Life is about letting go. When we’re young we have to learn to let go of our pacifiers, our favorite blanket, or that one stuffed animal that has been through every trauma and joy of our young life. We learn to let go of our parent’s fingers as we learn to walk on our own. We let go of training wheels in order to learn how to ride a bike. We let go of the comforts of home when we go to school and eventually off to college. We let go of our kids as they strive for their own independence. We let go of our parents when the end of their lives come. We let go of our career when it’s time to retire. We let go of certain skills as our body ages. And ultimately, we let go of our very life. With all this practice, from birth to death, why are we so bad at letting go?
In Part 1 of this two-part blog entry I relayed the story of a recent trip to Disneyland where one of our rented strollers was taken along with some of our personal property. One of the employees not only helped us look for our missing stroller but ultimately gave us vouchers that allowed us to purchase new items to replace those that were lost. The experience was a reminder to me that there are times when God asks us to let go so that we might receive something better. (To read the entire blog entry, click here Letting Go to Take In – Part 1.)
The one thing that all of the “letting go” scenarios described above have in common is that they all signal times of growth in our life. We are designed to move forward, to grow, to mature. Sometimes those points in our life are exciting, but mostly they are just plain terrifying. Perhaps that is why we’re so reluctant to let go. We don’t know what we don’t know or haven’t experienced before. We may want to move ahead but the fear of the unknown cripples us. We may even believe that letting go is the best thing for us, but when our lives bring us to that precipice of change we’re never sure we can actually do it.
The scripture I used in Part 1 was from John 14-17 where Jesus is trying to prepare His disciples for the end of His earthly life. They are being asked to let go of Him – His physical presence in their lives. And what He has for them to receive is His Holy Spirit. This is most definitely a growth point for His disciples. They were about to carry on His ministry. They were about to establish His church in the world. Everything that they had watched Him do over the past three years was now their job, their responsibility. Now THAT’s scary!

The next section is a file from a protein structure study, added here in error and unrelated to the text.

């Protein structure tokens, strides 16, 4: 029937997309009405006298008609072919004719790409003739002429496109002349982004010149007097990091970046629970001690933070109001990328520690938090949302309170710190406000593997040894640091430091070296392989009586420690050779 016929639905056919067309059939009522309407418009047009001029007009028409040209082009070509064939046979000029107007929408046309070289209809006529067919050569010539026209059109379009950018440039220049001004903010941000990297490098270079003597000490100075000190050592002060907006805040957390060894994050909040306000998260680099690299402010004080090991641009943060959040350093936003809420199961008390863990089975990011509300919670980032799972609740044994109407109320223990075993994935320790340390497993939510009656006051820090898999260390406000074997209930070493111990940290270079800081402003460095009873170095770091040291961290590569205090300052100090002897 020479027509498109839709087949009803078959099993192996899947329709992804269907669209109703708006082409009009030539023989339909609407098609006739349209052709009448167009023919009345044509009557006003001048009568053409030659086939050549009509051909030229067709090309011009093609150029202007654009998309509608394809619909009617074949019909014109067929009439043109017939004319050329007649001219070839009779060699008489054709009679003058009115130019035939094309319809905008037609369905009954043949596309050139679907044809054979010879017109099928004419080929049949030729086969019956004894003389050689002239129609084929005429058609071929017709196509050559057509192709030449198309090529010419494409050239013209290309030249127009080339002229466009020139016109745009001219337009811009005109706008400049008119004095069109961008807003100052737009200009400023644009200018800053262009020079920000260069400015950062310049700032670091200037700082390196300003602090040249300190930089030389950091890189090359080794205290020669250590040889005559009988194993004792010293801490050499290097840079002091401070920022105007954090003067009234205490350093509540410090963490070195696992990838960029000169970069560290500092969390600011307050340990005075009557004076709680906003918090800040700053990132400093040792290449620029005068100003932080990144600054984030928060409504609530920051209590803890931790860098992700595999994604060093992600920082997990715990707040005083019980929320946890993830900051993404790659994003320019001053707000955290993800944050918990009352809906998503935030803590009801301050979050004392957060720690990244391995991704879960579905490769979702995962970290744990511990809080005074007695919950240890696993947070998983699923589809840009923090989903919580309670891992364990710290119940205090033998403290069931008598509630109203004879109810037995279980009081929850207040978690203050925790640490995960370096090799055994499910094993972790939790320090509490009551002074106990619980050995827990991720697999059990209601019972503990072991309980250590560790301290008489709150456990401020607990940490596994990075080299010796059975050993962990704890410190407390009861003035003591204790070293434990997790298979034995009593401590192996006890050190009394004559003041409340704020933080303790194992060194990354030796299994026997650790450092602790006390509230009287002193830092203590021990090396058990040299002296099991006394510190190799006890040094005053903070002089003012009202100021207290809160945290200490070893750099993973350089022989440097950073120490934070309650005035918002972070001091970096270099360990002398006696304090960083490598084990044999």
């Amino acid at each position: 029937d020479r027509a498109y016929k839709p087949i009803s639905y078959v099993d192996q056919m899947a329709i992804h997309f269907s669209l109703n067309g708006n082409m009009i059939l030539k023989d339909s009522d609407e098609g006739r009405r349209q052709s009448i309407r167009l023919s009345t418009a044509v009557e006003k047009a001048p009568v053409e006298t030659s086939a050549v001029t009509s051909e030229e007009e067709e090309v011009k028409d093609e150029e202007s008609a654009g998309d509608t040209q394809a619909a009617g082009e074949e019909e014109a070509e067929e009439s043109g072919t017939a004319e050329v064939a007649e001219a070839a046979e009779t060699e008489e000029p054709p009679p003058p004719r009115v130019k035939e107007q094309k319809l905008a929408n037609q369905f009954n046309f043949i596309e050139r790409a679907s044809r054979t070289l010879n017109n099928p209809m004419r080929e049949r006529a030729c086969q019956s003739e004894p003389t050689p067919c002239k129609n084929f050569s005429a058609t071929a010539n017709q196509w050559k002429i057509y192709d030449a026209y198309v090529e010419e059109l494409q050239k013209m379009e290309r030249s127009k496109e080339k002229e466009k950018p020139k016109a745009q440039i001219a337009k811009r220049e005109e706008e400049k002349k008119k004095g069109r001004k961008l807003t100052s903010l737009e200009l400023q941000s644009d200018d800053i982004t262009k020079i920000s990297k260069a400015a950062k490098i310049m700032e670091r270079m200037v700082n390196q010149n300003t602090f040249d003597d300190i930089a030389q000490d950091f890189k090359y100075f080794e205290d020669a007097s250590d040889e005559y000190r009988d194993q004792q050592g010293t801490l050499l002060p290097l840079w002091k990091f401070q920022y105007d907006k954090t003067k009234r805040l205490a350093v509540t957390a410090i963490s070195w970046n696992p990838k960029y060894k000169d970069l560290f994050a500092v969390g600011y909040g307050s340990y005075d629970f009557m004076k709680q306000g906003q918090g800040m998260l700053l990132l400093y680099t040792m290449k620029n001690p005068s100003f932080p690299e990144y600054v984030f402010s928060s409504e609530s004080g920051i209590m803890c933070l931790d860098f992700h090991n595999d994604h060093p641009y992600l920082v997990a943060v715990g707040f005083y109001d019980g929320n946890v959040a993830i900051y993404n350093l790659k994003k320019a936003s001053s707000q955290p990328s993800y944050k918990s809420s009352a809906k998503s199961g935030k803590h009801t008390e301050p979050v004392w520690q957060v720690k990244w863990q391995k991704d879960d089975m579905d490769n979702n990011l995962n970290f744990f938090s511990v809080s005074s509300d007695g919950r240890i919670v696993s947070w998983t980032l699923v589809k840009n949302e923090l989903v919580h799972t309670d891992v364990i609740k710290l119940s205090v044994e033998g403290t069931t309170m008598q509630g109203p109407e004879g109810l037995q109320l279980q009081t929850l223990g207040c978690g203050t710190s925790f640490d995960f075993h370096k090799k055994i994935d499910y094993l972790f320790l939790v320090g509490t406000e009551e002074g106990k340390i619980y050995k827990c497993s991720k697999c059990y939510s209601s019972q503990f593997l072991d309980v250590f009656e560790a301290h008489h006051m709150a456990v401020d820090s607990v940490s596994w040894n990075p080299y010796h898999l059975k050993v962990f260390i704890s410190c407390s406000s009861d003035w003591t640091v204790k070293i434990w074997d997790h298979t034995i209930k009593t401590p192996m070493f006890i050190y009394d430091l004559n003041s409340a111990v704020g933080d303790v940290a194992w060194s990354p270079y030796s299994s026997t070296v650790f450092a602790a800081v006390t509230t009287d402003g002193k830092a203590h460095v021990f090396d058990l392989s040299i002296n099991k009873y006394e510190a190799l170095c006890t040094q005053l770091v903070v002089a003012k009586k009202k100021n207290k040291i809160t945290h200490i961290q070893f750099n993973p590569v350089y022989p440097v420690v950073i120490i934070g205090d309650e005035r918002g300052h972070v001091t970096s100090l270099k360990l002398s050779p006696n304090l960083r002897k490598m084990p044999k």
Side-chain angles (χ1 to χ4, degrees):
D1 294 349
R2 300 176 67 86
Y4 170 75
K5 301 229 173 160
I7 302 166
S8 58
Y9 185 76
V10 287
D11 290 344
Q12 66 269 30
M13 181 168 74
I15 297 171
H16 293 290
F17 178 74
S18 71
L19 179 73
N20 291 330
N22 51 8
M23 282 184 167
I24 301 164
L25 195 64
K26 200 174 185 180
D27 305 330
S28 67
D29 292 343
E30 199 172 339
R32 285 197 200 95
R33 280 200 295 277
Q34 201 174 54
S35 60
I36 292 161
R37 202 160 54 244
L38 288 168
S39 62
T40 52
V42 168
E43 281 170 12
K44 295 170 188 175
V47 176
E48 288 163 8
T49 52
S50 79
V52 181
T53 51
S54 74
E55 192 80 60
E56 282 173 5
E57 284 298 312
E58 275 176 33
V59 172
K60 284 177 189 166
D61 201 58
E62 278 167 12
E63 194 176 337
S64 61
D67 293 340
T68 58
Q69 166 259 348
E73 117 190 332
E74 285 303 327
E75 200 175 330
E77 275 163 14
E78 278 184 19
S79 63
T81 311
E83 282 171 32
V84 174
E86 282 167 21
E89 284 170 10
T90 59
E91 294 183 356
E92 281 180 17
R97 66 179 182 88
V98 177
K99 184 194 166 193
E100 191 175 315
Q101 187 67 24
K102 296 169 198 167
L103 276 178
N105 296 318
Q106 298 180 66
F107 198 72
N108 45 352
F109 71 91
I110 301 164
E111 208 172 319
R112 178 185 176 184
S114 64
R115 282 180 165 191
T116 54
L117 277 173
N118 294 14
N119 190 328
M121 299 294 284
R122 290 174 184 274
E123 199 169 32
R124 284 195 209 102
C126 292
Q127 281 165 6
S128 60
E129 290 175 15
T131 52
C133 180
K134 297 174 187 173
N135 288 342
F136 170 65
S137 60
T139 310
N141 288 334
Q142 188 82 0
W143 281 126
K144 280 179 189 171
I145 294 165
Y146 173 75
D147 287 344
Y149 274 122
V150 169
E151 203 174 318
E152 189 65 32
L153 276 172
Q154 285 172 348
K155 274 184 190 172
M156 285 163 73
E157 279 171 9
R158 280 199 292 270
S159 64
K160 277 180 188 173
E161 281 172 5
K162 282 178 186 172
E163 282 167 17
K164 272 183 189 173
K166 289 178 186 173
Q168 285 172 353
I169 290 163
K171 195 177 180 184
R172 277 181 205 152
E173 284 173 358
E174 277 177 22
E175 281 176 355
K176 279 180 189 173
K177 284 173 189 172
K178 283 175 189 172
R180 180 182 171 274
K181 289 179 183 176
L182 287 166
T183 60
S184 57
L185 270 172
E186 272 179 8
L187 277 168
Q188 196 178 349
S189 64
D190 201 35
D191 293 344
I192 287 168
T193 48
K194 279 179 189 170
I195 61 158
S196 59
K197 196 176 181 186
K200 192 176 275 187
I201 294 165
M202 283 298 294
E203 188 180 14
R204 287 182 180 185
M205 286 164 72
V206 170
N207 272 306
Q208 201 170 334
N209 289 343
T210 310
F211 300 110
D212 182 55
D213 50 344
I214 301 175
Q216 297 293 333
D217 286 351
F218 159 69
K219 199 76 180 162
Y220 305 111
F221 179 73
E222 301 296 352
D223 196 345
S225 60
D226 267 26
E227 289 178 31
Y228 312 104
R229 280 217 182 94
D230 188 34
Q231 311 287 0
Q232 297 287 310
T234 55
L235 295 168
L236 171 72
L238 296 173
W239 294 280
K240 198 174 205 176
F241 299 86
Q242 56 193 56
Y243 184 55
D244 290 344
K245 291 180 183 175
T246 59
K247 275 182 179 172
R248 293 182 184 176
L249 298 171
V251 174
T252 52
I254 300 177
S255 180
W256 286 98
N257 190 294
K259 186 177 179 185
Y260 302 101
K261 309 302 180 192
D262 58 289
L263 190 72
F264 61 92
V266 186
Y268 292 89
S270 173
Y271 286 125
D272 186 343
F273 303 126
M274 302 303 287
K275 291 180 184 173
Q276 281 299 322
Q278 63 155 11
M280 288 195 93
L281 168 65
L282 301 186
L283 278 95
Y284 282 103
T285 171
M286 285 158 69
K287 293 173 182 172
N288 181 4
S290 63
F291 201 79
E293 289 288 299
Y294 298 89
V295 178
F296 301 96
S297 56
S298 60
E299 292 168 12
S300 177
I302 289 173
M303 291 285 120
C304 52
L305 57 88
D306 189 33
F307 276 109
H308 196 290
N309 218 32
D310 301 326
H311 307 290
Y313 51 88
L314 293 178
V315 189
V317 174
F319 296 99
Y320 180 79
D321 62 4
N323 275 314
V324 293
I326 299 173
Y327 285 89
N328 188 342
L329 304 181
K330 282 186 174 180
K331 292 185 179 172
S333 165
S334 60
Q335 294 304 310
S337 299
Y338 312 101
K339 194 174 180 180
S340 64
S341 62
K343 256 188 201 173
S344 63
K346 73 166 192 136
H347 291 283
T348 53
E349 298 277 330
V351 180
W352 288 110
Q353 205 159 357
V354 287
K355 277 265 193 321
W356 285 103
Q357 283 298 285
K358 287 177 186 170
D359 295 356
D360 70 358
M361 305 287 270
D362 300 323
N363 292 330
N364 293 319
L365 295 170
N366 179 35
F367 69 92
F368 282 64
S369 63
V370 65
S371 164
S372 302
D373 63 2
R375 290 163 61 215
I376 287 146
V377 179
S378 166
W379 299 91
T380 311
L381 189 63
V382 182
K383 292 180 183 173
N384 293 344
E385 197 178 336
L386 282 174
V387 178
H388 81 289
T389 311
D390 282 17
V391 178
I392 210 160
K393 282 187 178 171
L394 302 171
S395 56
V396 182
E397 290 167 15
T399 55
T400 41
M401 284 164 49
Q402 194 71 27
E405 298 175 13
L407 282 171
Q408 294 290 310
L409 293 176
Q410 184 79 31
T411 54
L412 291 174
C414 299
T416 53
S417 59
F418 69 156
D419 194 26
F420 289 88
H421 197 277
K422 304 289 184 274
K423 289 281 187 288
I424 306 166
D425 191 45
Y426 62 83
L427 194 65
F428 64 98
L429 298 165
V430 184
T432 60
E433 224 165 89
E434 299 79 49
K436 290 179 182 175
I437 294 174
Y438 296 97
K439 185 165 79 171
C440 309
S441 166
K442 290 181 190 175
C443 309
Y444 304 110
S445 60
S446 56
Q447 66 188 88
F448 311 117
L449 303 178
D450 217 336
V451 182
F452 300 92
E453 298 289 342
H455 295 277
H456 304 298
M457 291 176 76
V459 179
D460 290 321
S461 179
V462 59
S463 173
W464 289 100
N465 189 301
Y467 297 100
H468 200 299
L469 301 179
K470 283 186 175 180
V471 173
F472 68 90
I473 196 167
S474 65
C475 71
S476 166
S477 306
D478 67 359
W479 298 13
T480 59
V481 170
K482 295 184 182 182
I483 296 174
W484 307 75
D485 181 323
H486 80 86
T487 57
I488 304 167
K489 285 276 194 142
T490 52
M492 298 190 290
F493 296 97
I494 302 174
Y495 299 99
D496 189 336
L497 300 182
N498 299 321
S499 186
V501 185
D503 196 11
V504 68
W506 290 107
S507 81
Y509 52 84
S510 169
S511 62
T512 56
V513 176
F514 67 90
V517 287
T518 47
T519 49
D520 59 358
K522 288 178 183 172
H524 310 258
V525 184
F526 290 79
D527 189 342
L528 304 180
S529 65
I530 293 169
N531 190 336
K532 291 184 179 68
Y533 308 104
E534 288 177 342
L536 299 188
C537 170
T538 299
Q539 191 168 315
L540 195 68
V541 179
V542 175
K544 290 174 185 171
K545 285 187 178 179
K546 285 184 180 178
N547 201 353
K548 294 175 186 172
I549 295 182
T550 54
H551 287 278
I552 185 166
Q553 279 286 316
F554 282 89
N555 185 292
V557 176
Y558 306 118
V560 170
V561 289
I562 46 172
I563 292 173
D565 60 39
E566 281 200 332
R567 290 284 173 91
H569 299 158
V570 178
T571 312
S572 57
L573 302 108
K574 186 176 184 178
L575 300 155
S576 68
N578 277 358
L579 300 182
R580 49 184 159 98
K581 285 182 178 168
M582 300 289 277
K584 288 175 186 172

But Jesus didn’t leave them empty-handed. He didn’t just yank off the training wheels and say to each of them, “Good luck, kid!” No, He gave them His Holy Spirit. The Holy Spirit was going to run alongside them as they learned to balance, pedal and brake. He would hold them up when they were too weak or inexperienced to do it on their own. He would never leave their side. He would always be there to protect them, dust them off after they fell, and help them get back on the bike even when they wanted to quit.
We read about Jesus giving them this gift in John 20:19-23. This is right after Jesus resurrection when He first appears to the disciples. It is on the evening of the first Easter Sunday. It says, “On the evening of that first day of the week, when the disciples were together, with the doors locked for fear of the Jewish leaders, Jesus came and stood among them and said, ‘Peace be with you!’ After he said this, he showed them his hands and side. The disciples were overjoyed when they saw the Lord. Again Jesus said, ‘Peace be with you! As the Father has sent me, I am sending you.’ And with that he breathed on them and said, ‘Receive the Holy Spirit. If you forgive anyone’s sins, their sins are forgiven; if you do not forgive them, they are not forgiven.'”